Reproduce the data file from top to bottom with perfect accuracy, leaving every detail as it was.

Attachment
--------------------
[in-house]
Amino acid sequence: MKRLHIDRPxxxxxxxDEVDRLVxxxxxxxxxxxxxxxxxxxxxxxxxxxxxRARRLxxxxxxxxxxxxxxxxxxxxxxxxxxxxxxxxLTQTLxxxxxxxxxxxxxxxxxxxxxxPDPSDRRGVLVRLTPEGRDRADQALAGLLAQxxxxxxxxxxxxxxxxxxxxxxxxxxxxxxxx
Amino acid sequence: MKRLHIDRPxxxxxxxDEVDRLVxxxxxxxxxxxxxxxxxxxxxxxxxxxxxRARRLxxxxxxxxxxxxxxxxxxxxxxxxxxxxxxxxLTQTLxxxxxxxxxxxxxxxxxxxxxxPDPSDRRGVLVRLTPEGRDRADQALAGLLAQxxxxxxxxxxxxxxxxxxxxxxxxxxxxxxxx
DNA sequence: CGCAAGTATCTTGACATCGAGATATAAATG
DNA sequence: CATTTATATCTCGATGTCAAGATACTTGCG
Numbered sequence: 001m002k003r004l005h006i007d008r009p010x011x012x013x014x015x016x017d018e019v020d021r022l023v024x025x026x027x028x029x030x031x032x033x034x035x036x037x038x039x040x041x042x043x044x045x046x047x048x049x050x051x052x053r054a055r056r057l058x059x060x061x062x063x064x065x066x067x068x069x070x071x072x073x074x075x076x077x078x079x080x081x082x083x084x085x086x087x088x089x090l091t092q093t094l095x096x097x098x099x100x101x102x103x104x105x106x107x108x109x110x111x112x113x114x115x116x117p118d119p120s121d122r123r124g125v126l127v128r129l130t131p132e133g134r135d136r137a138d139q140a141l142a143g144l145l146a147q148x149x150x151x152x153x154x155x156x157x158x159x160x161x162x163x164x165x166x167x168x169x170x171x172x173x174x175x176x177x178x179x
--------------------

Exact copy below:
[in-house]
Amino acid sequence: MKRLHIDRPxxxxxxxDEVDRLVxxxxxxxxxxxxxxxxxxxxxxxxxxxxxRARRLxxxxxxxxxxxxxxxxxxxxxxxxxxxxxxxxLTQTLxxxxxxxxxxxxxxxxxxxxxxPDPSDRRGVLVRLTPEGRDRADQALAGLLAQxxxxxxxxxxxxxxxxxxxxxxxxxxxxxxxx
Amino acid sequence: MKRLHIDRPxxxxxxxDEVDRLVxxxxxxxxxxxxxxxxxxxxxxxxxxxxxRARRLxxxxxxxxxxxxxxxxxxxxxxxxxxxxxxxxLTQTLxxxxxxxxxxxxxxxxxxxxxxPDPSDRRGVLVRLTPEGRDRADQALAGLLAQxxxxxxxxxxxxxxxxxxxxxxxxxxxxxxxx
DNA sequence: CGCAAGTATCTTGACATCGAGATATAAATG
DNA sequence: CATTTATATCTCGATGTCAAGATACTTGCG
Numbered sequence: 001m002k003r004l005h006i007d008r009p010x011x012x013x014x015x016x017d018e019v020d021r022l023v024x025x026x027x028x029x030x031x032x033x034x035x036x037x038x039x040x041x042x043x044x045x046x047x048x049x050x051x052x053r054a055r056r057l058x059x060x061x062x063x064x065x066x067x068x069x070x071x072x073x074x075x076x077x078x079x080x081x082x083x084x085x086x087x088x089x090l091t092q093t094l095x096x097x098x099x100x101x102x103x104x105x106x107x108x109x110x111x112x113x114x115x116x117p118d119p120s121d122r123r124g125v126l127v128r129l130t131p132e133g134r135d136r137a138d139q140a141l142a143g144l145l146a147q148x149x150x151x152x153x154x155x156x157x158x159x160x161x162x163x164x165x166x167x168x169x170x171x172x173x174x175x176x177x178x179x